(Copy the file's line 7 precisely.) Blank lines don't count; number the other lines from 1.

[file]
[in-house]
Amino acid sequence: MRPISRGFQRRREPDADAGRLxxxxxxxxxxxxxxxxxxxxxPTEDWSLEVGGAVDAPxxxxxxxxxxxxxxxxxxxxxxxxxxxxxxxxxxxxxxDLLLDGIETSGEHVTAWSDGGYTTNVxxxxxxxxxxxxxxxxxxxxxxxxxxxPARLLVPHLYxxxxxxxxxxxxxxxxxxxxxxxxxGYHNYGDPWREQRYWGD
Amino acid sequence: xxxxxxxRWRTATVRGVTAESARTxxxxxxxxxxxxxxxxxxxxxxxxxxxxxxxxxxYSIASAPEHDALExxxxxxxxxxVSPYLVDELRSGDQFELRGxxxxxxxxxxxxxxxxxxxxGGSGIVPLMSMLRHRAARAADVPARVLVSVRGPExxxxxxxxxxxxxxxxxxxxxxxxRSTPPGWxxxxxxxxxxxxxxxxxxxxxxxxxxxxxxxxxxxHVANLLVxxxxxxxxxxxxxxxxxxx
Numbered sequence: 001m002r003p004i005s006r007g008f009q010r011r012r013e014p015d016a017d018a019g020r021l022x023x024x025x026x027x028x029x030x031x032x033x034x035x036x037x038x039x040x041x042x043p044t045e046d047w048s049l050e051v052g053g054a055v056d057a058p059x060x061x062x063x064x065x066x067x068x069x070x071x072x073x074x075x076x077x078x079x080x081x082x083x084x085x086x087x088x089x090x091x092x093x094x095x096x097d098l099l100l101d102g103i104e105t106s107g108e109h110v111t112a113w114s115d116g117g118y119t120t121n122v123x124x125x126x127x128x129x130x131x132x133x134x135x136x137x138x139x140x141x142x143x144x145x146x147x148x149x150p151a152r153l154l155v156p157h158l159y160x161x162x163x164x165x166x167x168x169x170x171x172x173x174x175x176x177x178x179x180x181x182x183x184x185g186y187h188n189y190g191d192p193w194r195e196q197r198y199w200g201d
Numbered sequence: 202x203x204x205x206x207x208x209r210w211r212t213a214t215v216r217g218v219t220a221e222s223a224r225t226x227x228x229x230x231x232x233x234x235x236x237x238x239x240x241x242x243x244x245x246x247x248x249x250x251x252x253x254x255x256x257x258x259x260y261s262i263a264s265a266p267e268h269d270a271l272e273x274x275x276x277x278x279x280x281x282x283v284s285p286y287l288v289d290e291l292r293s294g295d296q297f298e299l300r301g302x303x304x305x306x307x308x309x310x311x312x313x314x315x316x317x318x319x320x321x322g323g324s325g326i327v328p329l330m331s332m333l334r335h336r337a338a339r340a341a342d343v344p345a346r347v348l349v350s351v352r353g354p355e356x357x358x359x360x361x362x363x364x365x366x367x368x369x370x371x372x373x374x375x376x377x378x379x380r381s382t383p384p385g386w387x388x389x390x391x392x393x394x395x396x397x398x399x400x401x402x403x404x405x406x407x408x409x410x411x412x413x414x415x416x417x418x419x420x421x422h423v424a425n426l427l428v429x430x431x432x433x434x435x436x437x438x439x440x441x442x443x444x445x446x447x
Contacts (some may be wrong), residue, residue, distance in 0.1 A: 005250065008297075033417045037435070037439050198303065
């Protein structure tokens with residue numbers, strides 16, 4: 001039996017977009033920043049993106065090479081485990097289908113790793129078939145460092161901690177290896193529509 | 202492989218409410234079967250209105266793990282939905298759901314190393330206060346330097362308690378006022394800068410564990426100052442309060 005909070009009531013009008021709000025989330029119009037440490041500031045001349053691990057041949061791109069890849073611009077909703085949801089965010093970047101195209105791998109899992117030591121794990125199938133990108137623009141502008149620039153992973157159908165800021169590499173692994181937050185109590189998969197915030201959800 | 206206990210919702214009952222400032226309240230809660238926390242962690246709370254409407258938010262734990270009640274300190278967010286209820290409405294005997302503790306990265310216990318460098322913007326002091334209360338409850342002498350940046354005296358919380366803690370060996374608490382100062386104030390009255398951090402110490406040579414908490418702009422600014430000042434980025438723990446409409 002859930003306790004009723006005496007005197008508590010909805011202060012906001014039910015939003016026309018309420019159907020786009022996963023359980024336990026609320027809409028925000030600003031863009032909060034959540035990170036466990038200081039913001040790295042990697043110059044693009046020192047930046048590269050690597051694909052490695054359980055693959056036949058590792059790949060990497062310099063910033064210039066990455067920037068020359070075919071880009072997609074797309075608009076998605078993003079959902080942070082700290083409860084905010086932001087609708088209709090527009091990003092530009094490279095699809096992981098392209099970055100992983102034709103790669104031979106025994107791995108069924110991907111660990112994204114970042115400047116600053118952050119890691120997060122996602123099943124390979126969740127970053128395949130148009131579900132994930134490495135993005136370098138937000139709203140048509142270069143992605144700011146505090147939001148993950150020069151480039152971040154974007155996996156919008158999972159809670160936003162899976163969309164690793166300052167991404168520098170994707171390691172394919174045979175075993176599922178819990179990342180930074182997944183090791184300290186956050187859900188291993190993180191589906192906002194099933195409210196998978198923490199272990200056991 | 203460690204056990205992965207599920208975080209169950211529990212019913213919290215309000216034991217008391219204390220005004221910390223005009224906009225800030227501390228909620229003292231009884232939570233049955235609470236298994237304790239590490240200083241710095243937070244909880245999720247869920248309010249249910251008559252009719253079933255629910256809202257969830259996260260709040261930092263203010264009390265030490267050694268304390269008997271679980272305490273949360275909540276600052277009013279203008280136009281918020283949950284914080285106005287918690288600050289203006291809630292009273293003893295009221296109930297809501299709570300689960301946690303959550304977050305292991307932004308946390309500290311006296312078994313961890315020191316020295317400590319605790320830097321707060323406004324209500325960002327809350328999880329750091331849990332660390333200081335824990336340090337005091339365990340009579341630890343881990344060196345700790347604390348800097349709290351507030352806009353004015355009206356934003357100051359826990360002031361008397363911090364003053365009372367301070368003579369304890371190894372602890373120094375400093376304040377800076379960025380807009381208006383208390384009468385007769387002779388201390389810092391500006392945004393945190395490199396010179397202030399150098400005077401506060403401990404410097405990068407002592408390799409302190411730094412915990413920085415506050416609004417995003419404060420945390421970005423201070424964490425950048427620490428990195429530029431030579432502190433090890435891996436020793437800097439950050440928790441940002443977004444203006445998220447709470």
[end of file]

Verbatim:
């Protein structure tokens with residue numbers, strides 16, 4: 001039996017977009033920043049993106065090479081485990097289908113790793129078939145460092161901690177290896193529509 | 202492989218409410234079967250209105266793990282939905298759901314190393330206060346330097362308690378006022394800068410564990426100052442309060 005909070009009531013009008021709000025989330029119009037440490041500031045001349053691990057041949061791109069890849073611009077909703085949801089965010093970047101195209105791998109899992117030591121794990125199938133990108137623009141502008149620039153992973157159908165800021169590499173692994181937050185109590189998969197915030201959800 | 206206990210919702214009952222400032226309240230809660238926390242962690246709370254409407258938010262734990270009640274300190278967010286209820290409405294005997302503790306990265310216990318460098322913007326002091334209360338409850342002498350940046354005296358919380366803690370060996374608490382100062386104030390009255398951090402110490406040579414908490418702009422600014430000042434980025438723990446409409 002859930003306790004009723006005496007005197008508590010909805011202060012906001014039910015939003016026309018309420019159907020786009022996963023359980024336990026609320027809409028925000030600003031863009032909060034959540035990170036466990038200081039913001040790295042990697043110059044693009046020192047930046048590269050690597051694909052490695054359980055693959056036949058590792059790949060990497062310099063910033064210039066990455067920037068020359070075919071880009072997609074797309075608009076998605078993003079959902080942070082700290083409860084905010086932001087609708088209709090527009091990003092530009094490279095699809096992981098392209099970055100992983102034709103790669104031979106025994107791995108069924110991907111660990112994204114970042115400047116600053118952050119890691120997060122996602123099943124390979126969740127970053128395949130148009131579900132994930134490495135993005136370098138937000139709203140048509142270069143992605144700011146505090147939001148993950150020069151480039152971040154974007155996996156919008158999972159809670160936003162899976163969309164690793166300052167991404168520098170994707171390691172394919174045979175075993176599922178819990179990342180930074182997944183090791184300290186956050187859900188291993190993180191589906192906002194099933195409210196998978198923490199272990200056991 | 203460690204056990205992965207599920208975080209169950211529990212019913213919290215309000216034991217008391219204390220005004221910390223005009224906009225800030227501390228909620229003292231009884232939570233049955235609470236298994237304790239590490240200083241710095243937070244909880245999720247869920248309010249249910251008559252009719253079933255629910256809202257969830259996260260709040261930092263203010264009390265030490267050694268304390269008997271679980272305490273949360275909540276600052277009013279203008280136009281918020283949950284914080285106005287918690288600050289203006291809630292009273293003893295009221296109930297809501299709570300689960301946690303959550304977050305292991307932004308946390309500290311006296312078994313961890315020191316020295317400590319605790320830097321707060323406004324209500325960002327809350328999880329750091331849990332660390333200081335824990336340090337005091339365990340009579341630890343881990344060196345700790347604390348800097349709290351507030352806009353004015355009206356934003357100051359826990360002031361008397363911090364003053365009372367301070368003579369304890371190894372602890373120094375400093376304040377800076379960025380807009381208006383208390384009468385007769387002779388201390389810092391500006392945004393945190395490199396010179397202030399150098400005077401506060403401990404410097405990068407002592408390799409302190411730094412915990413920085415506050416609004417995003419404060420945390421970005423201070424964490425950048427620490428990195429530029431030579432502190433090890435891996436020793437800097439950050440928790441940002443977004444203006445998220447709470």